By: Diana Guarnizo*
There is enough food in the world to provide healthy food to the entire population. However, the hunger and obesity present in the world cause millions of avoidable deaths. According to 2014 dat from the World Health Organization, 1.9 billion adults are overweight, and of those, 600 million are obese. At the same time, around 794 million people lack sufficient food to live a healthy life. Although the highest levels of obesity are most frequent in middle and high income countries, while the highest levels of malnourishment are in low income countries, it is not uncommon to see hunger and obesity in the same country, region, or even family, in what has been called the double burden of malnourishment and malnutrition.
This double burden has been particularly strong in middle income countries, such as Latin America, India, North Africa, and Southwest Asia. In these regions (highlighted in green on the map), economic development of recent years has translated into an effective reduction in malnourishment. However, malnourishment rates are still medium-high (between 2.42 and 12.45 deaths due to malnourishment for every 100,000 people in 2015).
At the same time, the increase in purchasing power of people from these regions, in addition to other causes, such as the increase in urbanization, lower costs of commercialized products at a global scale, among others, has also led to an important increase in levels of overweight and obesity, particularly in Latin America. Latin American countries (shown in dark yellow or orange), most middle income, have a high prevalence of obesity, and increasing rates of overweight. This means that more than 40% of the population has a body mass index (BMI) greater or equal to 25 kg/ 25Kg/m2. A BMI between 18.5 and 24.9 is considered normal, between 25.0 and 29.9 is overweight, and greater than 30 is obese.
What happens with food distribution systems in these countries where malnourishment, overweight, and obesity go together? The answer depends on each country, and usually involves more than one factor, but there is one that is key in this process in each country: politics.
With respect to malnourishment, poverty, deficient investment in local agriculture, and the lack of planning to contain climate change or international prices are all man-made situations, in which States can and should intervene.
With respect to overweight and obesity, the absence of controls on the commercialization of food with high caloric content, as well as incentives for the consumption of healthy food, rapid urbanization in countries, and access to increasingly global markets, have permitted a rapid increase in the consumption of these products, particularly in urban areas.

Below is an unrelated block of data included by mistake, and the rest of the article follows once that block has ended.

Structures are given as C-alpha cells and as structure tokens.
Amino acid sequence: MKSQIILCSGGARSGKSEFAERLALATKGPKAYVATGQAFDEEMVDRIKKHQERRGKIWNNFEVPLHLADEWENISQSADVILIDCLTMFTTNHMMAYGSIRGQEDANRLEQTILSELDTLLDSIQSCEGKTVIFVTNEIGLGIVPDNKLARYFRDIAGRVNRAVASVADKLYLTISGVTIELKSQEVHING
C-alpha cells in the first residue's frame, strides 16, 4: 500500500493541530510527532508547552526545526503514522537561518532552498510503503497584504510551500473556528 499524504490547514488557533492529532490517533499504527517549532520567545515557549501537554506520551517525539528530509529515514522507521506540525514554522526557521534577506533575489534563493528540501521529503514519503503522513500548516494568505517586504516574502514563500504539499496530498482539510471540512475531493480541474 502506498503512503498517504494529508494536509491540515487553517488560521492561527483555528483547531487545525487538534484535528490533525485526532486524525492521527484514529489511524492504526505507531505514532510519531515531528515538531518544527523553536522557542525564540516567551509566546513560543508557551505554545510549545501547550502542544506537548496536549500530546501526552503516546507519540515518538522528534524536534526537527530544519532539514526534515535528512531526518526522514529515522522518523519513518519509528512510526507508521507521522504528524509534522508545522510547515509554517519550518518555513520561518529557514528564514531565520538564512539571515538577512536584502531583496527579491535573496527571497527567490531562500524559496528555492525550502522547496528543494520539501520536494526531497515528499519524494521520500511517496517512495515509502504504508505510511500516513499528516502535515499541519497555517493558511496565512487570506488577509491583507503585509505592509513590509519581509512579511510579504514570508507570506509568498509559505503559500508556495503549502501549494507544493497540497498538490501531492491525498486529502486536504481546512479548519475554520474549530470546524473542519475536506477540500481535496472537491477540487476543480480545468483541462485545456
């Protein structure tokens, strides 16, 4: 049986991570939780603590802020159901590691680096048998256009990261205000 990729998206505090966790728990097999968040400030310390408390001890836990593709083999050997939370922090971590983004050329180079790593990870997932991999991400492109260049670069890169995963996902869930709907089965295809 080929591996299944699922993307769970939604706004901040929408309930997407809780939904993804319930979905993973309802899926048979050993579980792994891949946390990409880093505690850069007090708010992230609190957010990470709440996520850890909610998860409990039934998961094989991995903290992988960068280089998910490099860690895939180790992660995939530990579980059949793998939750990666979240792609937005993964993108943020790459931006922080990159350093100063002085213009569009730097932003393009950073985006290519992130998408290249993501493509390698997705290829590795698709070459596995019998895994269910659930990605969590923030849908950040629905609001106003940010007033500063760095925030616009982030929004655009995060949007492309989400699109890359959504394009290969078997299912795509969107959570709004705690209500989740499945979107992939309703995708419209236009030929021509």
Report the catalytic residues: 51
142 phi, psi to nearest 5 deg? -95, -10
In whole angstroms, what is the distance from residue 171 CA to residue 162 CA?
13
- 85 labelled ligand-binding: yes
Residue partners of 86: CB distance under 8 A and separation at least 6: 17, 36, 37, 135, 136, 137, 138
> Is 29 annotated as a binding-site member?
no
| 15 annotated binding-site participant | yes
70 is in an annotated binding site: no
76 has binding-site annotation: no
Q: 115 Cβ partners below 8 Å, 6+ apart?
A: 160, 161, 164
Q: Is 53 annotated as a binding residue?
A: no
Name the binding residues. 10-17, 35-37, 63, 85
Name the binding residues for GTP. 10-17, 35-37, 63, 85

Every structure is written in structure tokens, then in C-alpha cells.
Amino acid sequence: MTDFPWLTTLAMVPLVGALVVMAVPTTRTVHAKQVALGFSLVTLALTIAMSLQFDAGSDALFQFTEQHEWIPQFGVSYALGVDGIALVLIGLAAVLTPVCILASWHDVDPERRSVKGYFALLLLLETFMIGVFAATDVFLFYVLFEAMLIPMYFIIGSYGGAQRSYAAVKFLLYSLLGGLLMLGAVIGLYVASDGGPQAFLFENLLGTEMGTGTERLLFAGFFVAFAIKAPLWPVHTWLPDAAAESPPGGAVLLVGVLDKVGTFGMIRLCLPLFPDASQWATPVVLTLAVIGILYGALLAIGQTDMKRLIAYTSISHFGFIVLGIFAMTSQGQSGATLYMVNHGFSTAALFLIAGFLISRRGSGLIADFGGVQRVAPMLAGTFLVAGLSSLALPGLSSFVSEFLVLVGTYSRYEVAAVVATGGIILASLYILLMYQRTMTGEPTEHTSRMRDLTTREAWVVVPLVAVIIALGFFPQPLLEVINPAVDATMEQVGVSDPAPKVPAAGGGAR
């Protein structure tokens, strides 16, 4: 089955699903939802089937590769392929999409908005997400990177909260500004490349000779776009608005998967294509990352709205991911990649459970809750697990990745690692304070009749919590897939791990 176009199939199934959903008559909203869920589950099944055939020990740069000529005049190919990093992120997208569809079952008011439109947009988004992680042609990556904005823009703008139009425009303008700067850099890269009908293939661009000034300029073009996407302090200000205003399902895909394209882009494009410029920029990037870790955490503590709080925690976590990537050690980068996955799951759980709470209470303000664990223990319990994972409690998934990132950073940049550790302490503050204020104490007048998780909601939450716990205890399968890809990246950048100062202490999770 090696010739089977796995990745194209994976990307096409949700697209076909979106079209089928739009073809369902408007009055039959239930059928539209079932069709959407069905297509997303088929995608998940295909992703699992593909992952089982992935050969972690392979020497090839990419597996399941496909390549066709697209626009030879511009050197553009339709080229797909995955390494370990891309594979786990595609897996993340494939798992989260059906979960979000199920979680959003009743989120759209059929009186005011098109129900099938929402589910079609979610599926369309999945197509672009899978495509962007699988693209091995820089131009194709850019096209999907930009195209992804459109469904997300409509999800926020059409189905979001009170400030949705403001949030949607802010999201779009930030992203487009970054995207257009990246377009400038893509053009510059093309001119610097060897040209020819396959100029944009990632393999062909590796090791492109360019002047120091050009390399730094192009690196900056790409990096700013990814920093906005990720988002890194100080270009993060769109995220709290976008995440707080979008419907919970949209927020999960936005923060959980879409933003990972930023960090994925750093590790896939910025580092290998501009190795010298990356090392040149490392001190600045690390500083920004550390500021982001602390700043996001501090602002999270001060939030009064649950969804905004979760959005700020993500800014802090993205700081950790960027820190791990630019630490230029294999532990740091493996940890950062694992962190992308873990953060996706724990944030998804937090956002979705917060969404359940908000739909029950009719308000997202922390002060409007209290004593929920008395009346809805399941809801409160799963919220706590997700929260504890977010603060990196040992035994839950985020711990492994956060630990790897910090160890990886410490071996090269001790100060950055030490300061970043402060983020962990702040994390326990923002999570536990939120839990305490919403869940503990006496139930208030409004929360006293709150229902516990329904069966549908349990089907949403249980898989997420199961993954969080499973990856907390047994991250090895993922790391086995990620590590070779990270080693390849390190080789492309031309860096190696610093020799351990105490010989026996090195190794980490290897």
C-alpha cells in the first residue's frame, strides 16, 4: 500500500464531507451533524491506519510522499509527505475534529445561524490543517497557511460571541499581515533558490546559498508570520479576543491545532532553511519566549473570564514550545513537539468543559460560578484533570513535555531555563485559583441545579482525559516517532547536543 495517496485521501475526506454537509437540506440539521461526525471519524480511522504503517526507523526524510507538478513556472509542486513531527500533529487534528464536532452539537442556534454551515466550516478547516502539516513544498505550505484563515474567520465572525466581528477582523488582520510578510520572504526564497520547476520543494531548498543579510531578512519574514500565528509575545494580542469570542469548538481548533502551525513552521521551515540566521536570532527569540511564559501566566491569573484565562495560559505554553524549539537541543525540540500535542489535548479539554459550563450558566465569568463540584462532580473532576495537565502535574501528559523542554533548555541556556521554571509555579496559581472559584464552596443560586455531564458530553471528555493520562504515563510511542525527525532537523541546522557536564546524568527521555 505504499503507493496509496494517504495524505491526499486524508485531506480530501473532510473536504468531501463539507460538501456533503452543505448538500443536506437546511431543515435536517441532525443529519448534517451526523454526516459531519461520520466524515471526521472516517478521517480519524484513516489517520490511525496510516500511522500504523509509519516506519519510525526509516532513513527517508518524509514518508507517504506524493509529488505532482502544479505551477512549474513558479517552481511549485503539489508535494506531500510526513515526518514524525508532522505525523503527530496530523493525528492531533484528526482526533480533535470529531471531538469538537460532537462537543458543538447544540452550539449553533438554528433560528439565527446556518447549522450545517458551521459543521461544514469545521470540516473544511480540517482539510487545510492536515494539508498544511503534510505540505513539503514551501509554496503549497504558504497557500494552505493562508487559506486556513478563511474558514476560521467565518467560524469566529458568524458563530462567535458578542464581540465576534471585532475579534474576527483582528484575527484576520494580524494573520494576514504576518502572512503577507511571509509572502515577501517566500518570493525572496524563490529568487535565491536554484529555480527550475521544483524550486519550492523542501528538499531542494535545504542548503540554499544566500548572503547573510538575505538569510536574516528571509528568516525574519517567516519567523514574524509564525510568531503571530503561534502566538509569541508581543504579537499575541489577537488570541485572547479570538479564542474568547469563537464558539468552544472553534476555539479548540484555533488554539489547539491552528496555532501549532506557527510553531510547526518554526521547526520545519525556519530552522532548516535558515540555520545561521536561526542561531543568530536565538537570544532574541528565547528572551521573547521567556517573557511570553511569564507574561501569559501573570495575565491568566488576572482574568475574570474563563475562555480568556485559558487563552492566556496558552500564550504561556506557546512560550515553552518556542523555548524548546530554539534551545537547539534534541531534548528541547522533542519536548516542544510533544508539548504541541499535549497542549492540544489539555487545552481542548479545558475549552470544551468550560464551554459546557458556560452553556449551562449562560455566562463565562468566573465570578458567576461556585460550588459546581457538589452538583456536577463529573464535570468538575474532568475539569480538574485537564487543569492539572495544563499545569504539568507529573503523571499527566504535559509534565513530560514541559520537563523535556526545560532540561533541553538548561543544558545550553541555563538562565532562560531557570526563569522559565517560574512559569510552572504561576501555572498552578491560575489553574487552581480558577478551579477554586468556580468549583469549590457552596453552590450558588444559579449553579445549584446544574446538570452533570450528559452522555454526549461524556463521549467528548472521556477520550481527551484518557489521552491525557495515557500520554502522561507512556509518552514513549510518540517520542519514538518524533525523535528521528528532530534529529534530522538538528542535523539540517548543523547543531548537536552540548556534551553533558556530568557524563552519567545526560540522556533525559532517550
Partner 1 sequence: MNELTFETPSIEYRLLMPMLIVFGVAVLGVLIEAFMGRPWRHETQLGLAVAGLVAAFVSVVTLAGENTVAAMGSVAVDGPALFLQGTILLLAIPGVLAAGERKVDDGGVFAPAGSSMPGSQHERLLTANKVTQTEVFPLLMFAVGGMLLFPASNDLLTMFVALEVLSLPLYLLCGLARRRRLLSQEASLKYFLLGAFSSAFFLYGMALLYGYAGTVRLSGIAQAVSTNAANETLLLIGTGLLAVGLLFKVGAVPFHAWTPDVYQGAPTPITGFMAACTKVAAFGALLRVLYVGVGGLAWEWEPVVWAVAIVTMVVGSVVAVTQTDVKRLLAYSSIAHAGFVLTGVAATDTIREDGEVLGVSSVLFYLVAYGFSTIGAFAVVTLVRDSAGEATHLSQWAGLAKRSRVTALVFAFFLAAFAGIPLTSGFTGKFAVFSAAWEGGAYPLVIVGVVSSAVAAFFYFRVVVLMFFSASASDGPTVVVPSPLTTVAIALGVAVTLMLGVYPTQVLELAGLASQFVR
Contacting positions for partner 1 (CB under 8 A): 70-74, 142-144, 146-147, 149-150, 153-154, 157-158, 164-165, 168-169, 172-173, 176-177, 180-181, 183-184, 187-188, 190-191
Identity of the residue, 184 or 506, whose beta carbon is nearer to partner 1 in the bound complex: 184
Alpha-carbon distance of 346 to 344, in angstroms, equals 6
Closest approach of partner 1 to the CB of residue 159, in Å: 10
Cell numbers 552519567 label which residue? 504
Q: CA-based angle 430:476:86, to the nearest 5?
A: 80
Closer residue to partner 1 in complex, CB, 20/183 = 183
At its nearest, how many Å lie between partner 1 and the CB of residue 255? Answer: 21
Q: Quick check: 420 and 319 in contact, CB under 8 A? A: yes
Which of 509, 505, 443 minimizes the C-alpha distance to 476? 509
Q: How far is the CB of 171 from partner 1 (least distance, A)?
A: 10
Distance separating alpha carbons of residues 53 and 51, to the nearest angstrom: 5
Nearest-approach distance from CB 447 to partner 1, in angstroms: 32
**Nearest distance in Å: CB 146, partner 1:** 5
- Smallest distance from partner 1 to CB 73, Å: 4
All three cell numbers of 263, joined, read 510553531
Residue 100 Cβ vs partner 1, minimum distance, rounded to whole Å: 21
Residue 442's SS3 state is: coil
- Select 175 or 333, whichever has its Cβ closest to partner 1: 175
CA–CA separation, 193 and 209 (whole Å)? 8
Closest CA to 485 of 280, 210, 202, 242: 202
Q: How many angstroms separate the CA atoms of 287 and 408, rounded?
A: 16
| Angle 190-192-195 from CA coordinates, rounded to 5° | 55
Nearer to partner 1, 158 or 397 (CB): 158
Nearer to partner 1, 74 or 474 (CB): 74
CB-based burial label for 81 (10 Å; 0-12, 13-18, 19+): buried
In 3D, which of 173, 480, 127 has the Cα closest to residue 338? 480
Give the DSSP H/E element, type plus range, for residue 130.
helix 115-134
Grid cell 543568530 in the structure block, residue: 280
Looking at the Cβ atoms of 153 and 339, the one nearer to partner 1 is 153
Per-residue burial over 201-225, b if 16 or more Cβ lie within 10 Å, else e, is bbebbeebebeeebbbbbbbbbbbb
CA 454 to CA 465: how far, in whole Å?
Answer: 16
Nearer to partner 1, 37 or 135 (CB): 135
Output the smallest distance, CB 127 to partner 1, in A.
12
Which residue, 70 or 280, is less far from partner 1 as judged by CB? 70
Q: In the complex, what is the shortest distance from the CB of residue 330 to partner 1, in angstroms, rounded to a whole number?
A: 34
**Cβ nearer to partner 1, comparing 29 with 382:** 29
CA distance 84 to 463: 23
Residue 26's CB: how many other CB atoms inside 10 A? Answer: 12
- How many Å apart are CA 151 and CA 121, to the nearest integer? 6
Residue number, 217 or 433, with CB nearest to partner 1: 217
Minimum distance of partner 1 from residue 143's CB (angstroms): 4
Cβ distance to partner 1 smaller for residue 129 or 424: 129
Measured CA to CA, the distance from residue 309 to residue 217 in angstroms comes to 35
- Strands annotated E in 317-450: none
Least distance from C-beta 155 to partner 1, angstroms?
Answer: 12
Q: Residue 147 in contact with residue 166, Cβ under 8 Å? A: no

In both cases, State in actionis base don blind faith in the benefits of the “free market.” In the case of malnourishment, States that decide not to intervene trust that the market is the best distributor of food, limiting themselves to intervene in only the most serious cases of hunger, through welfare policies. In the case of obesity, the States trust that in a world with sufficient information, consumers (rational agents) will know how to make the best decisions for their own good.
Both premises are mistaken. With respect to the first, the market has shown itself to be ineffective at meeting the needs of the most disadvantaged without access to means of production.
With respect to the second, literature has shown several market deficiencies. First, in middle and high income countries that have opted for a general health system, the social costs of obesity are enormous and must be assumed by all citizens. Second, given the regulatory problems regarding the efficient labeling of products, consumers do not have all the necessary information to decide. Even when adequate labels exist, consumers do not have adequate training to read and interpret them.
This preference for inaction in countries with emerging economies is a political decision that has concrete consequences with respect to equality. In a study by Mendez and Popkin (2004) the researchers showed that in less urban areas or countries, those in the lowest socio-economic strata are more likely to suffer from hunger and malnourishment. However, the opposite occurs in urban countries or areas, where poor people are more likely to be overweight and obese. This means that depending on the level of urbanization of the area in which they live, people have a greater likelihood of suffering a double burden of poor nutrition: they are either malnourished or overweight.
An efficient State that is committed to protecting and ensuring the right to food and health of its citizens should intervene to correct these problems that the market cannot solve. States can and must do more to ensure the availability, economic accessibility, and acceptability of food in all areas and for all populations (urban and rural, schools, public spaces, etc.), as well as teaching their citizens how to make good eating decisions.
Hunger and obesity are avoidable in today’s world. They are the result of political decisions that States have made regarding the production, commercialization, and distribution of food. State inaction only favors the strongest competitors (i.e. the food industry), whose main interest is not health and nutrition, but rather, economic benefits. In such an environment, it should not be surprising that the weakest competitors (farmers lacking means of production to compete in a global agricultural industry, children in urban areas, and poor people) must assume the double burden of malnourishment or overweight.
*Diana Guarnizo is a researcher at the Center for Law, Justice and Society (Dejusticia).
Featured photo: UN against hunger